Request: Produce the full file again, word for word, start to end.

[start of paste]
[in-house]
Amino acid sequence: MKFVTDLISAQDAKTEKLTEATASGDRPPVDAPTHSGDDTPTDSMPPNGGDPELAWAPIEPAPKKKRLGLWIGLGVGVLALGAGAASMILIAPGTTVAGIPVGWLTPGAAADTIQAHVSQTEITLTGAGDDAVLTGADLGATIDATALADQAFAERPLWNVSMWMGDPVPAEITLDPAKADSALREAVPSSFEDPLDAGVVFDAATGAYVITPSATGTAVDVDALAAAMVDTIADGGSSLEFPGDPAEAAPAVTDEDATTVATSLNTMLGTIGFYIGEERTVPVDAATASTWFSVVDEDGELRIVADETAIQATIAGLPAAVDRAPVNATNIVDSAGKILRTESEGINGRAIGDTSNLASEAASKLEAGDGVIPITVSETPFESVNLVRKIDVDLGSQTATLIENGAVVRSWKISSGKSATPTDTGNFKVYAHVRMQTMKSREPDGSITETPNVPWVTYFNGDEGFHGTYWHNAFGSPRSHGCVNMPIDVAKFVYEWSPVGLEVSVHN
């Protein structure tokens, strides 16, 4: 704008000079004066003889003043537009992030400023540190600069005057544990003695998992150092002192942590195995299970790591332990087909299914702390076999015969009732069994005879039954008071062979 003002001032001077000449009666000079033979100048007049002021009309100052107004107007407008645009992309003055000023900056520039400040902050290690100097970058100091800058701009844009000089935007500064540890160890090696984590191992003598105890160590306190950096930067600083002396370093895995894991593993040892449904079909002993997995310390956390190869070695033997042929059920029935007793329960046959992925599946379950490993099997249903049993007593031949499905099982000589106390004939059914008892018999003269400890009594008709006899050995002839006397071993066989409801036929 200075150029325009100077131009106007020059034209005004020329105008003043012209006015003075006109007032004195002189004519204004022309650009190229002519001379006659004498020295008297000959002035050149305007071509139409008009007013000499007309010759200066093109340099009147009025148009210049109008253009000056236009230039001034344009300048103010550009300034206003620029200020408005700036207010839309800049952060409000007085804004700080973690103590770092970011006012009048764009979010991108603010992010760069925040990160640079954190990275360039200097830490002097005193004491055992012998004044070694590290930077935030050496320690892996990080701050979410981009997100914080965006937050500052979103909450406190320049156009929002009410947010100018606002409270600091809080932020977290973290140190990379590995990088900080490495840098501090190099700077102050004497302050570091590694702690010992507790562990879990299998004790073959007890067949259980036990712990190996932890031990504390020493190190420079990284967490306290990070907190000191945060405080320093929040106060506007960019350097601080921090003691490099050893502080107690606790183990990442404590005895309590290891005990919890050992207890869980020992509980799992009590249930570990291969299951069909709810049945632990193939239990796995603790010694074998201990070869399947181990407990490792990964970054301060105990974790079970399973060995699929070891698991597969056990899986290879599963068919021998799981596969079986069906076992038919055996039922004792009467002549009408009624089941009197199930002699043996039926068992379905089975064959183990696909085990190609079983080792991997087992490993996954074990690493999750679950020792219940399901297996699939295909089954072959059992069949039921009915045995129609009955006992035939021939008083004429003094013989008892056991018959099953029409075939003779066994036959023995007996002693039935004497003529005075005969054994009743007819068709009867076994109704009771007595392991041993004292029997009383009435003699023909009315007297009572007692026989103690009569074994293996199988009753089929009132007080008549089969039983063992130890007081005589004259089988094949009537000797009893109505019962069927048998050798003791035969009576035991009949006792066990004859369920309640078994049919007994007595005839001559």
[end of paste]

[in-house]
Amino acid sequence: MKFVTDLISAQDAKTEKLTEATASGDRPPVDAPTHSGDDTPTDSMPPNGGDPELAWAPIEPAPKKKRLGLWIGLGVGVLALGAGAASMILIAPGTTVAGIPVGWLTPGAAADTIQAHVSQTEITLTGAGDDAVLTGADLGATIDATALADQAFAERPLWNVSMWMGDPVPAEITLDPAKADSALREAVPSSFEDPLDAGVVFDAATGAYVITPSATGTAVDVDALAAAMVDTIADGGSSLEFPGDPAEAAPAVTDEDATTVATSLNTMLGTIGFYIGEERTVPVDAATASTWFSVVDEDGELRIVADETAIQATIAGLPAAVDRAPVNATNIVDSAGKILRTESEGINGRAIGDTSNLASEAASKLEAGDGVIPITVSETPFESVNLVRKIDVDLGSQTATLIENGAVVRSWKISSGKSATPTDTGNFKVYAHVRMQTMKSREPDGSITETPNVPWVTYFNGDEGFHGTYWHNAFGSPRSHGCVNMPIDVAKFVYEWSPVGLEVSVHN
């Protein structure tokens, strides 16, 4: 704008000079004066003889003043537009992030400023540190600069005057544990003695998992150092002192942590195995299970790591332990087909299914702390076999015969009732069994005879039954008071062979 003002001032001077000449009666000079033979100048007049002021009309100052107004107007407008645009992309003055000023900056520039400040902050290690100097970058100091800058701009844009000089935007500064540890160890090696984590191992003598105890160590306190950096930067600083002396370093895995894991593993040892449904079909002993997995310390956390190869070695033997042929059920029935007793329960046959992925599946379950490993099997249903049993007593031949499905099982000589106390004939059914008892018999003269400890009594008709006899050995002839006397071993066989409801036929 200075150029325009100077131009106007020059034209005004020329105008003043012209006015003075006109007032004195002189004519204004022309650009190229002519001379006659004498020295008297000959002035050149305007071509139409008009007013000499007309010759200066093109340099009147009025148009210049109008253009000056236009230039001034344009300048103010550009300034206003620029200020408005700036207010839309800049952060409000007085804004700080973690103590770092970011006012009048764009979010991108603010992010760069925040990160640079954190990275360039200097830490002097005193004491055992012998004044070694590290930077935030050496320690892996990080701050979410981009997100914080965006937050500052979103909450406190320049156009929002009410947010100018606002409270600091809080932020977290973290140190990379590995990088900080490495840098501090190099700077102050004497302050570091590694702690010992507790562990879990299998004790073959007890067949259980036990712990190996932890031990504390020493190190420079990284967490306290990070907190000191945060405080320093929040106060506007960019350097601080921090003691490099050893502080107690606790183990990442404590005895309590290891005990919890050992207890869980020992509980799992009590249930570990291969299951069909709810049945632990193939239990796995603790010694074998201990070869399947181990407990490792990964970054301060105990974790079970399973060995699929070891698991597969056990899986290879599963068919021998799981596969079986069906076992038919055996039922004792009467002549009408009624089941009197199930002699043996039926068992379905089975064959183990696909085990190609079983080792991997087992490993996954074990690493999750679950020792219940399901297996699939295909089954072959059992069949039921009915045995129609009955006992035939021939008083004429003094013989008892056991018959099953029409075939003779066994036959023995007996002693039935004497003529005075005969054994009743007819068709009867076994109704009771007595392991041993004292029997009383009435003699023909009315007297009572007692026989103690009569074994293996199988009753089929009132007080008549089969039983063992130890007081005589004259089988094949009537000797009893109505019962069927048998050798003791035969009576035991009949006792066990004859369920309640078994049919007994007595005839001559």